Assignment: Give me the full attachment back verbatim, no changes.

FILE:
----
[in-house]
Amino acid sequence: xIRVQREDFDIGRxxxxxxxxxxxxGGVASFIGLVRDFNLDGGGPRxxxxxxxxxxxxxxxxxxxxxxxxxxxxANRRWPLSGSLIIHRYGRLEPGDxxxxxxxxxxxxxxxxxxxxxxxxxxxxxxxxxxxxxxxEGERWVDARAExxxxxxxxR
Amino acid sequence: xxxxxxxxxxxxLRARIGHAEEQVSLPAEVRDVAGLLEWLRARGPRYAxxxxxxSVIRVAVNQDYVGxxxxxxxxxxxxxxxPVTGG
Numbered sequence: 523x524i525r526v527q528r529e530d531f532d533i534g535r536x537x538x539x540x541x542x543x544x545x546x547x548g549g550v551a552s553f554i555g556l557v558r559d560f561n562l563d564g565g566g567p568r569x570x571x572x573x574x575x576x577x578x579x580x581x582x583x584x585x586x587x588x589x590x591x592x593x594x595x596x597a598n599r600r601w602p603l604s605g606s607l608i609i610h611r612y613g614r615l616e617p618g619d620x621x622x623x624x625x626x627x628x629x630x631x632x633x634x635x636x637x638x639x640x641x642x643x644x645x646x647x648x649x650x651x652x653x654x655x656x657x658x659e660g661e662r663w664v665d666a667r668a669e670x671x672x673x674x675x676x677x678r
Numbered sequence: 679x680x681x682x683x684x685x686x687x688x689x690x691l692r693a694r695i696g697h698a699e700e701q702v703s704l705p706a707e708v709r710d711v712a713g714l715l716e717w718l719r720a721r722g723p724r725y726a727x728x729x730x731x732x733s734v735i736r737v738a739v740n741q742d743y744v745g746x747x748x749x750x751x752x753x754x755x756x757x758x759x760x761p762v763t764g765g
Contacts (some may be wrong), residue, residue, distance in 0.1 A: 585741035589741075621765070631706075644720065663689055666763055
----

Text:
[in-house]
Amino acid sequence: xIRVQREDFDIGRxxxxxxxxxxxxGGVASFIGLVRDFNLDGGGPRxxxxxxxxxxxxxxxxxxxxxxxxxxxxANRRWPLSGSLIIHRYGRLEPGDxxxxxxxxxxxxxxxxxxxxxxxxxxxxxxxxxxxxxxxEGERWVDARAExxxxxxxxR
Amino acid sequence: xxxxxxxxxxxxLRARIGHAEEQVSLPAEVRDVAGLLEWLRARGPRYAxxxxxxSVIRVAVNQDYVGxxxxxxxxxxxxxxxPVTGG
Numbered sequence: 523x524i525r526v527q528r529e530d531f532d533i534g535r536x537x538x539x540x541x542x543x544x545x546x547x548g549g550v551a552s553f554i555g556l557v558r559d560f561n562l563d564g565g566g567p568r569x570x571x572x573x574x575x576x577x578x579x580x581x582x583x584x585x586x587x588x589x590x591x592x593x594x595x596x597a598n599r600r601w602p603l604s605g606s607l608i609i610h611r612y613g614r615l616e617p618g619d620x621x622x623x624x625x626x627x628x629x630x631x632x633x634x635x636x637x638x639x640x641x642x643x644x645x646x647x648x649x650x651x652x653x654x655x656x657x658x659e660g661e662r663w664v665d666a667r668a669e670x671x672x673x674x675x676x677x678r
Numbered sequence: 679x680x681x682x683x684x685x686x687x688x689x690x691l692r693a694r695i696g697h698a699e700e701q702v703s704l705p706a707e708v709r710d711v712a713g714l715l716e717w718l719r720a721r722g723p724r725y726a727x728x729x730x731x732x733s734v735i736r737v738a739v740n741q742d743y744v745g746x747x748x749x750x751x752x753x754x755x756x757x758x759x760x761p762v763t764g765g
Contacts (some may be wrong), residue, residue, distance in 0.1 A: 585741035589741075621765070631706075644720065663689055666763055